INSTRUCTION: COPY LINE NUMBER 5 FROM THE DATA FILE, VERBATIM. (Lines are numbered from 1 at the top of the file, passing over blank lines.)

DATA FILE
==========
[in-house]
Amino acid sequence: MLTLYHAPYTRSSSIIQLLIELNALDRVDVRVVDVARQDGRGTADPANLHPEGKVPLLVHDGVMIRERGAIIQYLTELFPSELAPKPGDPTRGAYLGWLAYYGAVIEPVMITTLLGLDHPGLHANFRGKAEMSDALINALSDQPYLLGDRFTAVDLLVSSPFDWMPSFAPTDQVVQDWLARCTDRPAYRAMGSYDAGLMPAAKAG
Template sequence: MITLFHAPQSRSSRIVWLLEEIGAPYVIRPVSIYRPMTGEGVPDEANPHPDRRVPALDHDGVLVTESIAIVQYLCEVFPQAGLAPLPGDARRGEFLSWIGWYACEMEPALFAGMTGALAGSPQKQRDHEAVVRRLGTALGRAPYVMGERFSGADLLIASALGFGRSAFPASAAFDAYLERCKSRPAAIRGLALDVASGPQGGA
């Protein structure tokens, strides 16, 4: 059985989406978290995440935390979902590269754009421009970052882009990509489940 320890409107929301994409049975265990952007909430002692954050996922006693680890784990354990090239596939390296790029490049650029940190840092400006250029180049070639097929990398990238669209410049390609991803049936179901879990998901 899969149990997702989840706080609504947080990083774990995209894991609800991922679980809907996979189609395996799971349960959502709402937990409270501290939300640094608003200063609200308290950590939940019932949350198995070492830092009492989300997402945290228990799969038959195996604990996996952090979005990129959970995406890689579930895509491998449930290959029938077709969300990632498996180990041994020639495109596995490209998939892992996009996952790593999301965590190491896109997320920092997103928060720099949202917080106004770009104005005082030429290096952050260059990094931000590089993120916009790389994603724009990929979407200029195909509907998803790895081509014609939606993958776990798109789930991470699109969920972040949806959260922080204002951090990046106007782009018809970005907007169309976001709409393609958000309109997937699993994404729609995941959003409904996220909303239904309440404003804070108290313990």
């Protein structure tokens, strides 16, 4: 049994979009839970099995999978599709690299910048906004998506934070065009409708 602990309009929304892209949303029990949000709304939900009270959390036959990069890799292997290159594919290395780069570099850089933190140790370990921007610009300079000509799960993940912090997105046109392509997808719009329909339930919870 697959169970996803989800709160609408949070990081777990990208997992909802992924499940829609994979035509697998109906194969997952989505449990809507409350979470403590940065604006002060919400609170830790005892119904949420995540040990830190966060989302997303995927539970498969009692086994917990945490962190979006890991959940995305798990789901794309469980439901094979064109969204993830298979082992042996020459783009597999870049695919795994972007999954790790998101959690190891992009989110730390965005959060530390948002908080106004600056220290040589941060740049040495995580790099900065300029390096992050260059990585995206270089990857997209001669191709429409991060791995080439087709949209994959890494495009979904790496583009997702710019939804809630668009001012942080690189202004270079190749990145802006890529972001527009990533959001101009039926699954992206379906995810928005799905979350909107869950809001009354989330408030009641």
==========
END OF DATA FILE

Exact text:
């Protein structure tokens, strides 16, 4: 049994979009839970099995999978599709690299910048906004998506934070065009409708 602990309009929304892209949303029990949000709304939900009270959390036959990069890799292997290159594919290395780069570099850089933190140790370990921007610009300079000509799960993940912090997105046109392509997808719009329909339930919870 697959169970996803989800709160609408949070990081777990990208997992909802992924499940829609994979035509697998109906194969997952989505449990809507409350979470403590940065604006002060919400609170830790005892119904949420995540040990830190966060989302997303995927539970498969009692086994917990945490962190979006890991959940995305798990789901794309469980439901094979064109969204993830298979082992042996020459783009597999870049695919795994972007999954790790998101959690190891992009989110730390965005959060530390948002908080106004600056220290040589941060740049040495995580790099900065300029390096992050260059990585995206270089990857997209001669191709429409991060791995080439087709949209994959890494495009979904790496583009997702710019939804809630668009001012942080690189202004270079190749990145802006890529972001527009990533959001101009039926699954992206379906995810928005799905979350909107869950809001009354989330408030009641």